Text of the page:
July 20, 2018
Minneapolis, MN – Steve Hunegs, executive director of the Jewish Community Relations Council of Minnesota and the Dakotas (JCRC), issued the following statement on recent events in Israel:
“As we prepare for Tisha B’Av, which commemorates many of the major calamities that have befallen the Jewish people, it has not been an easy week to be an Israeli or an American Jew.
“In Israel’s south, the arson attacks from the Hamas regime that controls the Gaza Strip, which escalated last weekend into rocket attacks on synagogues and farming communities, continue unabated. While most of the world remains in complicit silence, our Jewish community stands in solidarity with Israelis and in support of the right of Israel to defend itself. Israelis, who more than anything want to live in peace, should know they are in our hearts and in our daily prayers.
“At the same time, recent events in Israel that also affect the future of the Jewish State have undermined pluralism in Israel and strained relations between Israel and the Diaspora. These events also require our collective voice.
“We were shocked and outraged by the treatment of Rabbi Dov Haiyun, a Conservative rabbi from Haifa, who was taken into police custody and questioned for nothing more than officiating weddings. Rabbi Haiyun has been marrying couples for years, including some who are unable to marry through the official government rabbinate because of its religious policies.
“We were also deeply disappointed by two recent bills passed through Israel’s Knesset. The surrogacy bill discriminates against Israel’s vibrant LGBTQ community by excluding single men and gay couples from legislation which expands eligibility for state-supported surrogacy to single women (Previously, state support was only given to married heterosexual couples).
“Similarly, the ‘Nation-State Bill’ needlessly increases barriers to the full inclusion of Israel’s Arab minority and contains patronizing provisions intended to inhibit the ability of the Diaspora Jewish Community to effectively promote religious pluralism within the Jewish State. We join the AJC and others in respectfully asking Israel’s government ‘to reaffirm the core principles and values that make up the very foundation of Israel’s vibrant and admired democracy.’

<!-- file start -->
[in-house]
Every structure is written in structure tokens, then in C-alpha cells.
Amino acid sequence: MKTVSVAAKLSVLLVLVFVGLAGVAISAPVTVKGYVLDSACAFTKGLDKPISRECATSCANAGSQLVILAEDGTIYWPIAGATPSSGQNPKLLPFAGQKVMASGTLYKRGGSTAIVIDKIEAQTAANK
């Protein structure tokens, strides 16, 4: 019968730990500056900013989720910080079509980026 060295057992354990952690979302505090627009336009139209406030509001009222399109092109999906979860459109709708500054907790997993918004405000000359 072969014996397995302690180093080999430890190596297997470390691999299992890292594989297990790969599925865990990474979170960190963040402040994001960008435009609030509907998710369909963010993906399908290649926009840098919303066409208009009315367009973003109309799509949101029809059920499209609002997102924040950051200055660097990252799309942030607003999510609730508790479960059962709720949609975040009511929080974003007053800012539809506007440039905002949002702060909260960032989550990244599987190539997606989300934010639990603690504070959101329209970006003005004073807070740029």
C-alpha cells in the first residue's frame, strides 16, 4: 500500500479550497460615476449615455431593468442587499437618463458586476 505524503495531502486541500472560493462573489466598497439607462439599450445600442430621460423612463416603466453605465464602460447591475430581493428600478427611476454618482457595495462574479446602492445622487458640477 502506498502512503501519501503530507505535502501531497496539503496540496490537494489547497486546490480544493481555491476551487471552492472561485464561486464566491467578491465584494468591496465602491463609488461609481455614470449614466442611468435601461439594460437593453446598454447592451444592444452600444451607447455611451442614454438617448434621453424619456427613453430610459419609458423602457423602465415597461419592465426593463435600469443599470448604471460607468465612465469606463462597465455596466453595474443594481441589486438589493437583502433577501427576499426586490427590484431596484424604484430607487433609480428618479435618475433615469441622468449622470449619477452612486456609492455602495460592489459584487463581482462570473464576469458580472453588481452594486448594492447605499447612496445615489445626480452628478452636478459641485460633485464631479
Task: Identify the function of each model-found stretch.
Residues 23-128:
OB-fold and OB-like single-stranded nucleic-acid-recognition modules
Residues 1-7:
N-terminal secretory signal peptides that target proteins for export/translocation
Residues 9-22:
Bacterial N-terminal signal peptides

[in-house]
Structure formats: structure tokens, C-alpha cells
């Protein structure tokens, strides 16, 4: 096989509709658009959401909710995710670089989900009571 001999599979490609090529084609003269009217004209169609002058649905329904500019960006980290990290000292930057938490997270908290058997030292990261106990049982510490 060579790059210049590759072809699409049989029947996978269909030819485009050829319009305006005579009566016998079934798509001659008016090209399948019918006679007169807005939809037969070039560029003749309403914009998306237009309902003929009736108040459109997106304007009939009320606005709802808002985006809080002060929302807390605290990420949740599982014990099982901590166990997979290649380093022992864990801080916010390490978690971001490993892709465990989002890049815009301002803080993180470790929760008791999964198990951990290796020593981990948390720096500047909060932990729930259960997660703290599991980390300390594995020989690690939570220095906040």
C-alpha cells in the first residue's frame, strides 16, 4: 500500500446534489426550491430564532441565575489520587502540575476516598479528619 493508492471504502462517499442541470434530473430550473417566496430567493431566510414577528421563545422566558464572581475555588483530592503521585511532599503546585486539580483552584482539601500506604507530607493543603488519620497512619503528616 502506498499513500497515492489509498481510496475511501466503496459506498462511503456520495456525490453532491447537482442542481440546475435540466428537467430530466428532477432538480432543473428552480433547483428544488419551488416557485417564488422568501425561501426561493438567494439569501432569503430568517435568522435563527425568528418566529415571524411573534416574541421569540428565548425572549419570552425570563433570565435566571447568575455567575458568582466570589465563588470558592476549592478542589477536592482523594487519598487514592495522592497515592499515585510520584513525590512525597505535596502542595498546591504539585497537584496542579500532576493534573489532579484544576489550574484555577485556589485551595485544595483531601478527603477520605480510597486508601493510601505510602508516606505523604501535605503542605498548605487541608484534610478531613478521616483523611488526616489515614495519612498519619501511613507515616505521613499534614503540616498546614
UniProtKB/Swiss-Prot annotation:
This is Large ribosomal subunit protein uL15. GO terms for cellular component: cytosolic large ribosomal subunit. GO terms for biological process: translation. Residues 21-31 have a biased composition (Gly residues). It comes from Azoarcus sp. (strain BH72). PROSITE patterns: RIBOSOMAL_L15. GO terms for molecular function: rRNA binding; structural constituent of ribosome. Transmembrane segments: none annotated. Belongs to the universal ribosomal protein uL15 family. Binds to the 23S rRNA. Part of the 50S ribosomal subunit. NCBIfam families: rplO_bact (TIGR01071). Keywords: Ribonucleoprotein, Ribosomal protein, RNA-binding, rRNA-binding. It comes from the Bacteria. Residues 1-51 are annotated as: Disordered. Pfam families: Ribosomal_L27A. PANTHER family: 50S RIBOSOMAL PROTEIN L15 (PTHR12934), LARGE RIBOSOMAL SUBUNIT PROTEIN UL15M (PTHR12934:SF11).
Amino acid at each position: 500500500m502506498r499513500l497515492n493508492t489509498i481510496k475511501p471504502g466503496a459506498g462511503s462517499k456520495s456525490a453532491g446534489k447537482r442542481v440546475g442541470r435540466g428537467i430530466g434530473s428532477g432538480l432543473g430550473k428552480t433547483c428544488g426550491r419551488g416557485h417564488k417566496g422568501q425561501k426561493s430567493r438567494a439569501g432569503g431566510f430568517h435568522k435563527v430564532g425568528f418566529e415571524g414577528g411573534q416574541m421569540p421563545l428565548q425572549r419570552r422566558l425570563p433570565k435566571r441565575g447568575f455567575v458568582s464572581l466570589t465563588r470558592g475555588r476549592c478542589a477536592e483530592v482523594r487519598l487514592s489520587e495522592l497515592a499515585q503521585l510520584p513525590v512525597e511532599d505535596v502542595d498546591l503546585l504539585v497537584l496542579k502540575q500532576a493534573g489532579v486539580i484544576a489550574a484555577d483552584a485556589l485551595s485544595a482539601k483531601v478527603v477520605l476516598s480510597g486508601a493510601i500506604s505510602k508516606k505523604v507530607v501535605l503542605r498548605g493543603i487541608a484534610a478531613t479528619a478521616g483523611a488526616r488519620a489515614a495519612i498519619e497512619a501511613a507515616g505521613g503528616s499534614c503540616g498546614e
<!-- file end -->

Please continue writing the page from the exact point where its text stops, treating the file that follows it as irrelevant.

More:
“As American Jews we know that it is both possible – even necessary sometimes – to love our own country and still be deeply concerned about the decisions of our American government. We also know that when confronted by such challenges, the answer is not despair but engagement. Therefore, we were encouraged that due to forceful advocacy both within Israel and the Diaspora, the most problematic portions of the ‘Nation-State Bill’ were removed.
“Similarly, through the Partnership2Gether initiative, we are building meaningful relationships between Minnesotans and Israelis living in Rehovot and the Sovev Kinneret. This platform of person to person connection empowers Americans and Israelis to better understand our commonalities and differences. The expectation is that while we won’t always agree, we can maintain mutual respect as Jews committed to strong Jewish communities in the Diaspora and in Israel, who are all part of one Jewish people.
“Collectively, our Jewish community is committed to doing its part to ensure that Israel forever remains a safe home for all Jews and an inclusive nation for all its citizens. This means educating the community and our fellow Americans about why and how Israel must defend itself. It also requires our standing up for the kind of pluralism and religious freedom in Israel that both ensures Israel upholds its commitments as a Jewish State and as a pluralistic, multi-ethnic democracy, and that Jews in the Diaspora maintain our connection to the people and State of Israel from generation to generation.”